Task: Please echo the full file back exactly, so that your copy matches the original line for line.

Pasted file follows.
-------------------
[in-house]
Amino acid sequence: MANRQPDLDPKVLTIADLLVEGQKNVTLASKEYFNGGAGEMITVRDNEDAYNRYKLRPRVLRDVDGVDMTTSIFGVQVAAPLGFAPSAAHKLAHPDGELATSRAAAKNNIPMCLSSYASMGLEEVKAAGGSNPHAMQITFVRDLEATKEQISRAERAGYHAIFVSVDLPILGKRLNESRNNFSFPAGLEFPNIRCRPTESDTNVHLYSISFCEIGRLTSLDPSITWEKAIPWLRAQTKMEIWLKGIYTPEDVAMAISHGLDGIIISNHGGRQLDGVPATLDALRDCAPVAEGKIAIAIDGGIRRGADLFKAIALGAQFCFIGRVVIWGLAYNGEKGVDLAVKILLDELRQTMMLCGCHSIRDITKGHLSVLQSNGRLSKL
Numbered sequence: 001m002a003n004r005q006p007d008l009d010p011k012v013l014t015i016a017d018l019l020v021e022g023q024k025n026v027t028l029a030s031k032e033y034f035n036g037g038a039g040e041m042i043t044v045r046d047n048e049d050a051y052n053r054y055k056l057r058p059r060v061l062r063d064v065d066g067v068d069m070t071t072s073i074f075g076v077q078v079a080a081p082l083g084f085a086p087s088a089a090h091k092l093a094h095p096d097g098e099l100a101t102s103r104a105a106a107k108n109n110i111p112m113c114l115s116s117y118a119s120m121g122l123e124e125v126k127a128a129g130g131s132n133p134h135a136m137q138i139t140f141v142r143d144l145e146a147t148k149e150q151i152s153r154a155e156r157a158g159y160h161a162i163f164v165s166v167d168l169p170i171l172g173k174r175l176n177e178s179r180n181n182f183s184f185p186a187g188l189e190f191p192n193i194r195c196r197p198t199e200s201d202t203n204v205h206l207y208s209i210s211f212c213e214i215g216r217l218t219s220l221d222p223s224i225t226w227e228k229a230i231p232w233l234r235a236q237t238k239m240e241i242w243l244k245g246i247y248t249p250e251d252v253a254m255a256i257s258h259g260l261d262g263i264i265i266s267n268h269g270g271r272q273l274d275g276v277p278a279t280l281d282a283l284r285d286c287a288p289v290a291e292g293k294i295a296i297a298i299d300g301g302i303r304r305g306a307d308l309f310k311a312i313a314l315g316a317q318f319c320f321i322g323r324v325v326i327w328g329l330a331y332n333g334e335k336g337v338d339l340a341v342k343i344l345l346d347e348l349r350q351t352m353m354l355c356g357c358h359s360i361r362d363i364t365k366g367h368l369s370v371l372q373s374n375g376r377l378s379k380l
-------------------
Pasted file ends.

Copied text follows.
[in-house]
Amino acid sequence: MANRQPDLDPKVLTIADLLVEGQKNVTLASKEYFNGGAGEMITVRDNEDAYNRYKLRPRVLRDVDGVDMTTSIFGVQVAAPLGFAPSAAHKLAHPDGELATSRAAAKNNIPMCLSSYASMGLEEVKAAGGSNPHAMQITFVRDLEATKEQISRAERAGYHAIFVSVDLPILGKRLNESRNNFSFPAGLEFPNIRCRPTESDTNVHLYSISFCEIGRLTSLDPSITWEKAIPWLRAQTKMEIWLKGIYTPEDVAMAISHGLDGIIISNHGGRQLDGVPATLDALRDCAPVAEGKIAIAIDGGIRRGADLFKAIALGAQFCFIGRVVIWGLAYNGEKGVDLAVKILLDELRQTMMLCGCHSIRDITKGHLSVLQSNGRLSKL
Numbered sequence: 001m002a003n004r005q006p007d008l009d010p011k012v013l014t015i016a017d018l019l020v021e022g023q024k025n026v027t028l029a030s031k032e033y034f035n036g037g038a039g040e041m042i043t044v045r046d047n048e049d050a051y052n053r054y055k056l057r058p059r060v061l062r063d064v065d066g067v068d069m070t071t072s073i074f075g076v077q078v079a080a081p082l083g084f085a086p087s088a089a090h091k092l093a094h095p096d097g098e099l100a101t102s103r104a105a106a107k108n109n110i111p112m113c114l115s116s117y118a119s120m121g122l123e124e125v126k127a128a129g130g131s132n133p134h135a136m137q138i139t140f141v142r143d144l145e146a147t148k149e150q151i152s153r154a155e156r157a158g159y160h161a162i163f164v165s166v167d168l169p170i171l172g173k174r175l176n177e178s179r180n181n182f183s184f185p186a187g188l189e190f191p192n193i194r195c196r197p198t199e200s201d202t203n204v205h206l207y208s209i210s211f212c213e214i215g216r217l218t219s220l221d222p223s224i225t226w227e228k229a230i231p232w233l234r235a236q237t238k239m240e241i242w243l244k245g246i247y248t249p250e251d252v253a254m255a256i257s258h259g260l261d262g263i264i265i266s267n268h269g270g271r272q273l274d275g276v277p278a279t280l281d282a283l284r285d286c287a288p289v290a291e292g293k294i295a296i297a298i299d300g301g302i303r304r305g306a307d308l309f310k311a312i313a314l315g316a317q318f319c320f321i322g323r324v325v326i327w328g329l330a331y332n333g334e335k336g337v338d339l340a341v342k343i344l345l346d347e348l349r350q351t352m353m354l355c356g357c358h359s360i361r362d363i364t365k366g367h368l369s370v371l372q373s374n375g376r377l378s379k380l